High-pressure, ‘our way or the highway’ sales. It’s absolutely the case that you’ll need to be able to close quickly if your offer is accepted (see below). It’s also the case that you won’t be allowed an inspection contingency or a financing contingency: you need to have your money lined up and your inspections completed before you make your offer.

However, you’ll also be told that you need to bow to certain terms that simply aren’t acceptable. For instance:

You’ll often be told that you need to send the full purchase price to the seller within days of acceptance—but that the deed won’t be sent to you for 30 days or more. The reason for these “trailing deeds” is twofold: first, bulk buyers often begin marketing their properties after winning the bid on them but prior to actually receiving deeds from the selling bank; second, they are often so disorganized (see below) that it will take them weeks to find the paperwork they need to convey title to you at all. Needless to say, you shouldn’t send money directly to any seller without a deed in sight; instead, send it to your title company for disbursal when the title company gets the deed
You’ll be strongly encouraged to skip the step of getting a title search, or told that you have to close in a timeframe that disallows a title search—and told that the title is fine, since the property underwent a foreclosure that wiped out all liens. Just. No. I recently purchase a 16-property package that included 2 houses with title problems that were NOT cured by the foreclosure, because they were missed by the foreclosing attorney and the parties involved were not notified. How did I find this out? Through a title search, of course.
You’ll be given the impression that there are hundreds of other buyers vying for the same properties you want. This is the bulk buyer equivalent of “we’re in multiple offers”—and I’m sure that sometimes they are. However, it’s also been my experience that these other offers seem to evaporate, just as they do with agents. When working with bulk buyers, as when working with any seller, DON’T BE A MOTIVATED BUYER. Don’t raise your offer, or put aside your due diligence, or do anything else risky because you’re threatened with competition or with losing your relationship with the seller or anything else.
You won’t be able to wholesale these deals before you need to close. These sellers don’t care if you’re going to make money wholesaling their deals—they don’t care if you assign the contract, or get a 5-figure profit for doing so.

However, they also don’t give you enough time, particularly if you’re going to be buying several properties yourself, to find buyers for them. 10 days to close is a long time for these bulk guys; if you’re dealing with them, you’d better have the money lined up to buy even if you plan to ultimately wholesale the deals.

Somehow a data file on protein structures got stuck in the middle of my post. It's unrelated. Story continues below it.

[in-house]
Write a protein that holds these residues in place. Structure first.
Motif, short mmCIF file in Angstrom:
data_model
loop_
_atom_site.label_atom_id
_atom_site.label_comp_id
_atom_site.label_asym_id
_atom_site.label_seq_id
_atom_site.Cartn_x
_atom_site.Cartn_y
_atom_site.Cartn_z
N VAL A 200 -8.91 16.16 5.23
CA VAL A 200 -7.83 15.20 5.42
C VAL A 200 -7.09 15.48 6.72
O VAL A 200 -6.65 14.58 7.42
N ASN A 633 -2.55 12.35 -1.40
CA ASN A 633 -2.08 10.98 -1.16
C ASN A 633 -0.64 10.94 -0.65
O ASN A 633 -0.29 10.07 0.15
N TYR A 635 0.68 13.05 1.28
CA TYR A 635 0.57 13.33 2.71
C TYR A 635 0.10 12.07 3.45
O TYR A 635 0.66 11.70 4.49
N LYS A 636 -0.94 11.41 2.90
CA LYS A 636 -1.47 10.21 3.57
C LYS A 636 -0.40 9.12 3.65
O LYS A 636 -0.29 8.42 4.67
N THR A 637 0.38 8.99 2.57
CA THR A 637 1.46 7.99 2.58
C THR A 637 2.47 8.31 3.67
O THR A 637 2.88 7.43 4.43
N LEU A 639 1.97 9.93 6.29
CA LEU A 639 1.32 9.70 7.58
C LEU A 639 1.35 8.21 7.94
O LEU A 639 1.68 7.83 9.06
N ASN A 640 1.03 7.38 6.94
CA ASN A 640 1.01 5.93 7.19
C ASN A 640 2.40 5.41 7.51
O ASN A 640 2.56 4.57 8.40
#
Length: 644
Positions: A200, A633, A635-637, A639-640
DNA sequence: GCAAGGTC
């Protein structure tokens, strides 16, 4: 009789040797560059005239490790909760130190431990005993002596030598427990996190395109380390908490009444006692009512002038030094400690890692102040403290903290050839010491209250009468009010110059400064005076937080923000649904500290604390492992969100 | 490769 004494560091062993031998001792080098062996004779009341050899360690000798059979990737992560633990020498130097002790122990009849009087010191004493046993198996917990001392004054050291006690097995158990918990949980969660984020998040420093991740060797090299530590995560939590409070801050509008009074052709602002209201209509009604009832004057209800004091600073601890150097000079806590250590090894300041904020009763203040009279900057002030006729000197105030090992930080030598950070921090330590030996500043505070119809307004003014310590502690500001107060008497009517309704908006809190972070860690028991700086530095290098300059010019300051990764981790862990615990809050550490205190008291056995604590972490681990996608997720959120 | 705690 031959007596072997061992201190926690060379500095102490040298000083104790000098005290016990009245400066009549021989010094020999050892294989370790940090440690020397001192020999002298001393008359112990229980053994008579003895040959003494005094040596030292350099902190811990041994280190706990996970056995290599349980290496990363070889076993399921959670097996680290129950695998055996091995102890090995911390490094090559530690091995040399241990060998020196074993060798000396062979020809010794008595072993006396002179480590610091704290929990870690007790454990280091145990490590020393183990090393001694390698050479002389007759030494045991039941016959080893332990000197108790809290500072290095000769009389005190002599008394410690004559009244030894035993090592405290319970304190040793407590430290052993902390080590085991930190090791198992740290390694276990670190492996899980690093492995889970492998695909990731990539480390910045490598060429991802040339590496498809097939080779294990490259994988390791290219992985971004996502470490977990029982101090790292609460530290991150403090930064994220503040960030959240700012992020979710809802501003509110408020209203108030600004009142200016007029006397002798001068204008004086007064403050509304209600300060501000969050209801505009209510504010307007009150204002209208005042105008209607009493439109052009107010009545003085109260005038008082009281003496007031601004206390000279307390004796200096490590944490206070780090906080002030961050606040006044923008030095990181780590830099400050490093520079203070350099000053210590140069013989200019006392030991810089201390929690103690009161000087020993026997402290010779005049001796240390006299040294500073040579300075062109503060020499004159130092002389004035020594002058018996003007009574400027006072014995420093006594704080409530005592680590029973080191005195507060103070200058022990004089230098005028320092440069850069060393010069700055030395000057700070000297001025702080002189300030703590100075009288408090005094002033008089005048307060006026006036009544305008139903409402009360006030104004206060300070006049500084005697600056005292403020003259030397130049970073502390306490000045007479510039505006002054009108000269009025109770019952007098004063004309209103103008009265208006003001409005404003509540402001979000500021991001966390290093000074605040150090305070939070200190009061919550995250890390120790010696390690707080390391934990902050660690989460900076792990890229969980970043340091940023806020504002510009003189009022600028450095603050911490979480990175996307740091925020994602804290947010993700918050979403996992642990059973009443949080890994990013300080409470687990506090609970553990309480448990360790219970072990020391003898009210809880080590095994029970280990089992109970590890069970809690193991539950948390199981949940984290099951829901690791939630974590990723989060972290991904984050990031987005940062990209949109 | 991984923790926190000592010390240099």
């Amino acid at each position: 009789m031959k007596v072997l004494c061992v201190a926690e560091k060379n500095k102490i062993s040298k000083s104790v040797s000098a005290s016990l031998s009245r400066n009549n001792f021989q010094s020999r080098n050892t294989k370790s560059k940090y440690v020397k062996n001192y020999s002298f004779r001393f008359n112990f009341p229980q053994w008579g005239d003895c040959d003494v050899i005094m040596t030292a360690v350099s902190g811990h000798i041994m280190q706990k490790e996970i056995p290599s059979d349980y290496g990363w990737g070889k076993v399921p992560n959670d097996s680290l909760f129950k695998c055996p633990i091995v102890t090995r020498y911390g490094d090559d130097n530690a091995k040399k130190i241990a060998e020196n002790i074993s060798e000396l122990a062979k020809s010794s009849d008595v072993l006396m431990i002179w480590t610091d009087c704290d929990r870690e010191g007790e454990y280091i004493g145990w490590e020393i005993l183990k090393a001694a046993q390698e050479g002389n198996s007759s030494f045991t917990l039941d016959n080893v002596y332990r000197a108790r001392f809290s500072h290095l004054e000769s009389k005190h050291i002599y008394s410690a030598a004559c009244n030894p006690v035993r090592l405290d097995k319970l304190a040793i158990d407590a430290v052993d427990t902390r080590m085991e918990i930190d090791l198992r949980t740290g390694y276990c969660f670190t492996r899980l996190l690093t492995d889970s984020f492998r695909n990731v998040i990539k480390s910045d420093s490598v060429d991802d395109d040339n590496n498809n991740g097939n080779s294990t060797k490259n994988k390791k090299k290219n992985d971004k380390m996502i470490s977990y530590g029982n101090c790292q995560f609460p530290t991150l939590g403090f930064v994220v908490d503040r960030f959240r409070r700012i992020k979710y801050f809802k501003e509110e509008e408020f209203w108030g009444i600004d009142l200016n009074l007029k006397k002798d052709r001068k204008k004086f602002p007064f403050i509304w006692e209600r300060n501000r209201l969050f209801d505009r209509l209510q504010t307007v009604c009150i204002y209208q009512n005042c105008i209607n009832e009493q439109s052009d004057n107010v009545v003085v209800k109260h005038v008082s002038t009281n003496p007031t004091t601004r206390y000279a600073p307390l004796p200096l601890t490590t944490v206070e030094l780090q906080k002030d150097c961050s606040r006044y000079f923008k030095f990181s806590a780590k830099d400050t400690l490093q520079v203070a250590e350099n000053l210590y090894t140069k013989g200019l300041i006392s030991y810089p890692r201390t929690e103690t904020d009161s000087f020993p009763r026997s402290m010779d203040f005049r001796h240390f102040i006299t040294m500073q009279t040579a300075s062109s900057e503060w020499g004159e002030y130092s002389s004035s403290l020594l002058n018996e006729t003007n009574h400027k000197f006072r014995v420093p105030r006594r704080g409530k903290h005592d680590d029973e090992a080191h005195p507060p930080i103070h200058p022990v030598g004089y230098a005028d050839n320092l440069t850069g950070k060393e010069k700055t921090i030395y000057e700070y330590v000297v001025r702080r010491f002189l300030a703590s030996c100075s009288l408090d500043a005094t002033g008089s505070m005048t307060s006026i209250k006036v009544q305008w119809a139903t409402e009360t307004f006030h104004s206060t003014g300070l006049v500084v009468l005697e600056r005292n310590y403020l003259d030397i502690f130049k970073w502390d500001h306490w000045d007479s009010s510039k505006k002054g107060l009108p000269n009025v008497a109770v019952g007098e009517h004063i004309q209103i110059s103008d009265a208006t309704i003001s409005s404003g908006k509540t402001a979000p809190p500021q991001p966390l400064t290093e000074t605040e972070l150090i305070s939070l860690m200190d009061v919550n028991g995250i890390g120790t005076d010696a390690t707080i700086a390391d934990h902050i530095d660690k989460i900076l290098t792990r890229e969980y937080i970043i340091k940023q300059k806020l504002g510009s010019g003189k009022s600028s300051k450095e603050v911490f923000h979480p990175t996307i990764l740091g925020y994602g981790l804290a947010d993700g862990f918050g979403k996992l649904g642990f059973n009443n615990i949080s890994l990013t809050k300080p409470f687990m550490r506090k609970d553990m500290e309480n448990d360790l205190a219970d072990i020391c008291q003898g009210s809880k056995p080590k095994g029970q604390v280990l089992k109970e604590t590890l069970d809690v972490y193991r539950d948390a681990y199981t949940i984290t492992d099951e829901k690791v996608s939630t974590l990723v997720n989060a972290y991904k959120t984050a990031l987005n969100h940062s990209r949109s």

This is important, because—at least as industry conventional wisdom has it—you get ONE chance with any particular seller. If you say you can close, then don’t, you’re done. If you say you can close on Wednesday, then try to delay for a week, you’re done.

You’ll get the best prices if you buy more than 1 property at a time. These sellers seem to deal with “onesy” buyers differently than they do people who make offers on multiple properties simultaneously. Depending on how many properties a particular bulk buyer has in your area, you can often get very deep discounts (as in, 60%+ off of asking price) simply by offering to buy all the properties they have, or packages of 5 or more if they have tons of inventory in your area. And if you can pick up a stray or 2 for them—that is, accept the one property they have in that rural county 50 miles from you—this can help you get a bigger discount, too.

Expect MASSIVE disorganization from the sellers. MASSIVE. It appears from my admittedly-limited dealings with bulk buyers that they are much more focused on and systemized about BUYING real estate than they are about selling it. The level of administrative problems—some of them pretty darn significant—has been, well, shocking. For instance:

I bought a property from a seller who was the servicer, rather than the owner, of the property. As usual, they insisted upon having the purchase price wired to them immediately upon acceptance; as usual, I refused and escrowed it with my title company, instead. Our scheduled closing date was March 17th. Instead, we closed on April 5th. Why? Because the seller couldn’t locate the power of attorney that allowed one of their employees to convey the deed. For over 2 weeks.
In my 16 property package, there was at least one wherein the seller had also signed a purchase contract with another buyer. He called me a week after I closed and told me that he had sent them the full purchase price, spent money on a title search, called the seller to schedule a closing, and THEN been told that, oops, the property was already sold and closed. But that’s not even the one that took the cake:
I recently discovered that another company ACTUALLY SOLD a property I own to another buyer. Took the money, signed the deed—the whole nine yards. Fortunately for me, my deed was already recorded. Unfortunately for the buyer, he didn’t know any of this until after he’d moved in and begun repairs on the property. How did this happen? Word didn’t get to the salespeople at the company that this property was off the list—and thanks to the high-pressure sales, quick closing requirements, and so on, they were able to get all the way through the sales process prior to discovering their error.

So yes, there are pros and cons to buying from these bulk buyers. Right now, the opportunities outweigh the hassles, but be aware that this won’t last forever.

More and more bulk buyers are entering the business—including, get this, subsidiaries of the same large banks that are SELLING their REOs at pennies on the dollar—because they’re attracted to the potential of high returns. This means that prices on bulk packages will start to be driven up both by companies that don’t quite know what they’re doing, and by new players who are willing to accept lower returns.

In my observation, this is already being reflected in the pricing to you and I—and eventually, these deals will get priced right out of the range of the professional wholesaler/renovator/landlord, and only go to the newbie/inexperienced investor buyers out there.

So grab your chance while it’s out there; just be as careful with these deals as you would with any other.

Reprinted with permission of Vena Jones-Cox. To get more free articles and tips, subscribe at www.TheRealEstateGoddess.com